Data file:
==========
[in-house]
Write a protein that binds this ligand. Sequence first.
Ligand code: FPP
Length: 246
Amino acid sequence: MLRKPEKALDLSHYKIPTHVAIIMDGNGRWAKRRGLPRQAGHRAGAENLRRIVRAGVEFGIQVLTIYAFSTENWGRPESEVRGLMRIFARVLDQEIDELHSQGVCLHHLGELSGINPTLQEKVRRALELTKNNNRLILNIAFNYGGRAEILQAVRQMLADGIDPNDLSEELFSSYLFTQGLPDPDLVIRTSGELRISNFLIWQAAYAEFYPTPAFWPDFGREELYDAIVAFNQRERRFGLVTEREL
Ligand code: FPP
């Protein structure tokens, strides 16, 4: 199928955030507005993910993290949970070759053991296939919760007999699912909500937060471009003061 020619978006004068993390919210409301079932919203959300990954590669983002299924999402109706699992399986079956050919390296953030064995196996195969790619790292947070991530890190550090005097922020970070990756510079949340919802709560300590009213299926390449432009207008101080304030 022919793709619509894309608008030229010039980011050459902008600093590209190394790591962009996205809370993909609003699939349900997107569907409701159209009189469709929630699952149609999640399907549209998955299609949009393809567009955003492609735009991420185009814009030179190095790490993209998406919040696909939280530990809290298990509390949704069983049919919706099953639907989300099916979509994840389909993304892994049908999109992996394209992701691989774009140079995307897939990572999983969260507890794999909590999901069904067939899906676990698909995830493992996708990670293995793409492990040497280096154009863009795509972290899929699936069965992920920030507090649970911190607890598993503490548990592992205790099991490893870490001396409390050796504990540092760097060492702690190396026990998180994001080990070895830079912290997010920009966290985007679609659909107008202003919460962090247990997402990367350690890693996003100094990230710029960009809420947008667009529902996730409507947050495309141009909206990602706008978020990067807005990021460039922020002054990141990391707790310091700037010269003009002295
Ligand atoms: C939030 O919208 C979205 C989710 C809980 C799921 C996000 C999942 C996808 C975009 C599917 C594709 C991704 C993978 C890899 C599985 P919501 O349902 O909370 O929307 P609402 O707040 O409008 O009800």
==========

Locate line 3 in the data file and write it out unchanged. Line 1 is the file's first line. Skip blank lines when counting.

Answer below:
Ligand code: FPP